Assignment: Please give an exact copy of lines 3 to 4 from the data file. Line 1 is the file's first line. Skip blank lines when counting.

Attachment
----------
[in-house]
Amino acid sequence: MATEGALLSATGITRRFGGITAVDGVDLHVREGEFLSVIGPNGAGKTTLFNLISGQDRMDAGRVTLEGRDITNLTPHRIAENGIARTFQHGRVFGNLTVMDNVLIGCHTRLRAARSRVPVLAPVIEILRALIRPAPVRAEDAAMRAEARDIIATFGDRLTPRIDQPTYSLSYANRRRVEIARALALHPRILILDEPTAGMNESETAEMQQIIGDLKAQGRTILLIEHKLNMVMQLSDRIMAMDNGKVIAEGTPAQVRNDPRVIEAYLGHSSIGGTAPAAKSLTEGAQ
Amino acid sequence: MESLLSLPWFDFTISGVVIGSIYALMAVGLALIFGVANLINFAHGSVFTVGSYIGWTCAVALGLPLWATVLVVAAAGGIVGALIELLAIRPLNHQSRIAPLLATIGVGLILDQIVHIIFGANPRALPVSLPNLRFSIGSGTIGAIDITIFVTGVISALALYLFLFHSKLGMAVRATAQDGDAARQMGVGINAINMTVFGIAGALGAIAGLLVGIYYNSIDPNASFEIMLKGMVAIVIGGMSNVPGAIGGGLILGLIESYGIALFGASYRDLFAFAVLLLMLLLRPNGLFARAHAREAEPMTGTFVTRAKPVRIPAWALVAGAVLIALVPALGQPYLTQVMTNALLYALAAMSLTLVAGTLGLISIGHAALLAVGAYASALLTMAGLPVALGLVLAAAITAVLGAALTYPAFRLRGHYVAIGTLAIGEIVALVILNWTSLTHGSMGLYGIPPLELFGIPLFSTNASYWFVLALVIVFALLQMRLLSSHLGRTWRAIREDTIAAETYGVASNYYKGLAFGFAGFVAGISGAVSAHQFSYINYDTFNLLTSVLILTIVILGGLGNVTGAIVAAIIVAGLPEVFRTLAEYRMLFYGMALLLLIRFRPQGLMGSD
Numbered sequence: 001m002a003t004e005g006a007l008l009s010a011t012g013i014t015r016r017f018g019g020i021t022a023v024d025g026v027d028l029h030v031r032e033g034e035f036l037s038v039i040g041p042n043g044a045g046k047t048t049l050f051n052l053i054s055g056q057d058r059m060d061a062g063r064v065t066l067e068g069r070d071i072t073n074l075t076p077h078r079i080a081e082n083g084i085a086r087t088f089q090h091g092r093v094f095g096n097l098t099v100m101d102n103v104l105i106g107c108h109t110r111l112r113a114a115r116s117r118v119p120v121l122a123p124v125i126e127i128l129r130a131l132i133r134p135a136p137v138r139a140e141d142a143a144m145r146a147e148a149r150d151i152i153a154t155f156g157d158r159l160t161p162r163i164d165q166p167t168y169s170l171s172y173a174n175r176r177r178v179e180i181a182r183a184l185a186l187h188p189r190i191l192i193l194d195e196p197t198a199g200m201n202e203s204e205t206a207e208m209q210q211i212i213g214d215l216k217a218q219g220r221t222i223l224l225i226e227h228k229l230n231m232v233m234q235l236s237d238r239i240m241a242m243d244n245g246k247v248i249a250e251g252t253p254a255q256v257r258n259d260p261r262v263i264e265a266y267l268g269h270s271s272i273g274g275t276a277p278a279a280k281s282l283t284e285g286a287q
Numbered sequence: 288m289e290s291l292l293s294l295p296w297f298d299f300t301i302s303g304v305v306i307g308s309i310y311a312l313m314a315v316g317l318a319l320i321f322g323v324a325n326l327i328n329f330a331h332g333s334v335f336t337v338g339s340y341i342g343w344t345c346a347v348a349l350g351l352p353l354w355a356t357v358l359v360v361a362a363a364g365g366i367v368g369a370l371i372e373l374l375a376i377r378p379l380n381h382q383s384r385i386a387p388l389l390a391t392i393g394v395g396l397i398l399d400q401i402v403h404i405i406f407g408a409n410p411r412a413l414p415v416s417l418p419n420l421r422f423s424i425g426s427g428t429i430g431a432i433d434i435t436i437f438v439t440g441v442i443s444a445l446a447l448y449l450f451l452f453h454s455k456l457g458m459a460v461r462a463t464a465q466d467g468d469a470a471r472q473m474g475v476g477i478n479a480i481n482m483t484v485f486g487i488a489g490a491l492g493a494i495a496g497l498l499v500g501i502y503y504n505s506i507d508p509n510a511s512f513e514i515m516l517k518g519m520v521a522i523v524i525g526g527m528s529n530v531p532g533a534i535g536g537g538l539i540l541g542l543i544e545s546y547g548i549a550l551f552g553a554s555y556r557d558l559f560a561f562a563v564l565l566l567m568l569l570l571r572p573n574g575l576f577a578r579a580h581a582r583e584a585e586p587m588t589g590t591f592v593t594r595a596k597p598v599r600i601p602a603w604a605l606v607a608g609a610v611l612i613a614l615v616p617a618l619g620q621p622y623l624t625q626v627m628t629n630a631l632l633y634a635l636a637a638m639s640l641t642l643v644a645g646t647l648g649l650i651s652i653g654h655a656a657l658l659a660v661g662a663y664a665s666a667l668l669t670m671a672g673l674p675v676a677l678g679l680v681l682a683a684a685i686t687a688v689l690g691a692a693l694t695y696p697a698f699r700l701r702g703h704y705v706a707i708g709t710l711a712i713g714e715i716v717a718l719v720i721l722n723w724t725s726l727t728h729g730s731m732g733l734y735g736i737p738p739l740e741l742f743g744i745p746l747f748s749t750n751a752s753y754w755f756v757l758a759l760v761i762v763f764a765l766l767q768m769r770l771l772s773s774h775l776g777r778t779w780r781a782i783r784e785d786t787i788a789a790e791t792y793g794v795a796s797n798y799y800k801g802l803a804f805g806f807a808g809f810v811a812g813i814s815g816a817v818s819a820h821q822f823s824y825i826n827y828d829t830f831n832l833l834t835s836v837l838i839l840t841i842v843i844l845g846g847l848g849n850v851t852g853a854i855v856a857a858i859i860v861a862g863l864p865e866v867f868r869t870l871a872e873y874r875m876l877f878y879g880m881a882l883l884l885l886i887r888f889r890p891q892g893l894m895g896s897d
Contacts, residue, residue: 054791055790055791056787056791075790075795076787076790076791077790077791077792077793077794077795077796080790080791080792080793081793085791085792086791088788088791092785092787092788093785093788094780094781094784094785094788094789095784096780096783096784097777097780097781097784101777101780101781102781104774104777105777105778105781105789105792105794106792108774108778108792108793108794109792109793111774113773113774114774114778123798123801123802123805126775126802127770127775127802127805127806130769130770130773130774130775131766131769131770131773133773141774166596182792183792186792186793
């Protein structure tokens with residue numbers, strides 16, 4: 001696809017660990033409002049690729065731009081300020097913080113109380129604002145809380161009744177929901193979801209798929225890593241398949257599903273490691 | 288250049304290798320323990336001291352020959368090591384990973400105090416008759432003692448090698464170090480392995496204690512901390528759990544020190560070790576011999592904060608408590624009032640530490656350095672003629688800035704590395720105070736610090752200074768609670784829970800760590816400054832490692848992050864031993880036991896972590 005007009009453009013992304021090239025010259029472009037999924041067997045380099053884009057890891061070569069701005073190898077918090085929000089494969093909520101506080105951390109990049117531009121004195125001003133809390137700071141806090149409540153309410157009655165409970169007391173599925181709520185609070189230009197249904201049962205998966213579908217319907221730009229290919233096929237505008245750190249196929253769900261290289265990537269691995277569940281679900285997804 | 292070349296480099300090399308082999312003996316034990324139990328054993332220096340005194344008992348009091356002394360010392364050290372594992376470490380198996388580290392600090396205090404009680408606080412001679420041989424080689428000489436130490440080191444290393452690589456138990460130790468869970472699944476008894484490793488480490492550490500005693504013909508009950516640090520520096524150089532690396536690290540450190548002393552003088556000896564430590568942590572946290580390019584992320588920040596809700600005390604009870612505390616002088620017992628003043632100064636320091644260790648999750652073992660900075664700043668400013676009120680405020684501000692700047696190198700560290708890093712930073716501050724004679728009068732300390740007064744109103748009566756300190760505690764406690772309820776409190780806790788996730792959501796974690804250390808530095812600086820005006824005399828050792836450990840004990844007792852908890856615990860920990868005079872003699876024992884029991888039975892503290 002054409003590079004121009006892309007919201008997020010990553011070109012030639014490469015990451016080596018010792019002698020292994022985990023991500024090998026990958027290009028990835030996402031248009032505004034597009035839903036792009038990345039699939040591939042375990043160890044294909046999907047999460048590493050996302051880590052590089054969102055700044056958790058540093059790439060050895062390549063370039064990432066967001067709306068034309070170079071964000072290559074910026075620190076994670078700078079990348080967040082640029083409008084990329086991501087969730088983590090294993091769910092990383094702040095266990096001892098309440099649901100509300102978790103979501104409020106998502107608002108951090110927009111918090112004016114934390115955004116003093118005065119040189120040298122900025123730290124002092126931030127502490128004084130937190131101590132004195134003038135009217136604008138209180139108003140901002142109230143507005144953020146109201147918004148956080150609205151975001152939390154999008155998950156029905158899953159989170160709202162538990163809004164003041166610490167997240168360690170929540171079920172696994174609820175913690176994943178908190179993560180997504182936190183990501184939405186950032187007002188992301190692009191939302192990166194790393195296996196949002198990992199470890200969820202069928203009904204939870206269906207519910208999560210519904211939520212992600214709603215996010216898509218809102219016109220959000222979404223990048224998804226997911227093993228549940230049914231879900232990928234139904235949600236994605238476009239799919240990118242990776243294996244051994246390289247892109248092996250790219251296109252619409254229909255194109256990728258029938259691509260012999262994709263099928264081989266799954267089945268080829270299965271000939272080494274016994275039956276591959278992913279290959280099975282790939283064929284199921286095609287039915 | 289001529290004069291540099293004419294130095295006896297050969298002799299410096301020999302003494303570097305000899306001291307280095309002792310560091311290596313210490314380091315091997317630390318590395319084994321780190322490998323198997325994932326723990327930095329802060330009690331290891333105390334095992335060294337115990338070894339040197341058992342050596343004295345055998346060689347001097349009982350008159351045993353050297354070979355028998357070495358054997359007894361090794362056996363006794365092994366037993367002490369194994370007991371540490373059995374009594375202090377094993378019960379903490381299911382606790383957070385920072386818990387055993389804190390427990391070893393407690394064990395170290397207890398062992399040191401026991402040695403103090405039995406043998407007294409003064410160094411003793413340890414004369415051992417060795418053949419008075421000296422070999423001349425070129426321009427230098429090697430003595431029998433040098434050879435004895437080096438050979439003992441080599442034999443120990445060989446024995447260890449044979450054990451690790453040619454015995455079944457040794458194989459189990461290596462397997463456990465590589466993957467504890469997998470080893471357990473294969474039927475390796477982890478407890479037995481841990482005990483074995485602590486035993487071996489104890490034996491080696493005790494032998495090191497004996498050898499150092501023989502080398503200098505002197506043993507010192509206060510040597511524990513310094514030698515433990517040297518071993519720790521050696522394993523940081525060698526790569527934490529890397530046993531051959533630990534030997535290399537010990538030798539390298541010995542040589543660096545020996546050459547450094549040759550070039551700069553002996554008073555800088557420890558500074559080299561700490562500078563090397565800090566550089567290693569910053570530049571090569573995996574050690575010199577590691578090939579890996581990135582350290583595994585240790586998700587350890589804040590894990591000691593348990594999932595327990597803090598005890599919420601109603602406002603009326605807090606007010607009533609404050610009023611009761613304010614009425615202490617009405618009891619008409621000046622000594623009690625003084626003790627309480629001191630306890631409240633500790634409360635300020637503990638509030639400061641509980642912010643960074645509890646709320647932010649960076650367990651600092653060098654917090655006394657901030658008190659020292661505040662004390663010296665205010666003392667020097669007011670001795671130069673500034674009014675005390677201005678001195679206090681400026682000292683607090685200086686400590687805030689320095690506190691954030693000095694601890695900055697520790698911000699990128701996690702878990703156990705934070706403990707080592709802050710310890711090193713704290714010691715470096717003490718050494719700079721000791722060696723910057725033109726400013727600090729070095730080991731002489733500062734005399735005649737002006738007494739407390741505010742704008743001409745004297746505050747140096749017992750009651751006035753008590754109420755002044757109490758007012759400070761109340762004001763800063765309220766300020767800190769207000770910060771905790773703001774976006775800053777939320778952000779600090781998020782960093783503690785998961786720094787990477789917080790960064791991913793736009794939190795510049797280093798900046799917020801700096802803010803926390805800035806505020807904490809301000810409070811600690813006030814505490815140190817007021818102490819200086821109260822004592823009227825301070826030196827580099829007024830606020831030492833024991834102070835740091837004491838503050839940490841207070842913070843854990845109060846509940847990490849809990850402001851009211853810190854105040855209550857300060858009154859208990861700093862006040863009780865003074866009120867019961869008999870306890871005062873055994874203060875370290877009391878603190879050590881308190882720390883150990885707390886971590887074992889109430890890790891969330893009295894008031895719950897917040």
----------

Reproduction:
Amino acid sequence: MESLLSLPWFDFTISGVVIGSIYALMAVGLALIFGVANLINFAHGSVFTVGSYIGWTCAVALGLPLWATVLVVAAAGGIVGALIELLAIRPLNHQSRIAPLLATIGVGLILDQIVHIIFGANPRALPVSLPNLRFSIGSGTIGAIDITIFVTGVISALALYLFLFHSKLGMAVRATAQDGDAARQMGVGINAINMTVFGIAGALGAIAGLLVGIYYNSIDPNASFEIMLKGMVAIVIGGMSNVPGAIGGGLILGLIESYGIALFGASYRDLFAFAVLLLMLLLRPNGLFARAHAREAEPMTGTFVTRAKPVRIPAWALVAGAVLIALVPALGQPYLTQVMTNALLYALAAMSLTLVAGTLGLISIGHAALLAVGAYASALLTMAGLPVALGLVLAAAITAVLGAALTYPAFRLRGHYVAIGTLAIGEIVALVILNWTSLTHGSMGLYGIPPLELFGIPLFSTNASYWFVLALVIVFALLQMRLLSSHLGRTWRAIREDTIAAETYGVASNYYKGLAFGFAGFVAGISGAVSAHQFSYINYDTFNLLTSVLILTIVILGGLGNVTGAIVAAIIVAGLPEVFRTLAEYRMLFYGMALLLLIRFRPQGLMGSD
Numbered sequence: 001m002a003t004e005g006a007l008l009s010a011t012g013i014t015r016r017f018g019g020i021t022a023v024d025g026v027d028l029h030v031r032e033g034e035f036l037s038v039i040g041p042n043g044a045g046k047t048t049l050f051n052l053i054s055g056q057d058r059m060d061a062g063r064v065t066l067e068g069r070d071i072t073n074l075t076p077h078r079i080a081e082n083g084i085a086r087t088f089q090h091g092r093v094f095g096n097l098t099v100m101d102n103v104l105i106g107c108h109t110r111l112r113a114a115r116s117r118v119p120v121l122a123p124v125i126e127i128l129r130a131l132i133r134p135a136p137v138r139a140e141d142a143a144m145r146a147e148a149r150d151i152i153a154t155f156g157d158r159l160t161p162r163i164d165q166p167t168y169s170l171s172y173a174n175r176r177r178v179e180i181a182r183a184l185a186l187h188p189r190i191l192i193l194d195e196p197t198a199g200m201n202e203s204e205t206a207e208m209q210q211i212i213g214d215l216k217a218q219g220r221t222i223l224l225i226e227h228k229l230n231m232v233m234q235l236s237d238r239i240m241a242m243d244n245g246k247v248i249a250e251g252t253p254a255q256v257r258n259d260p261r262v263i264e265a266y267l268g269h270s271s272i273g274g275t276a277p278a279a280k281s282l283t284e285g286a287q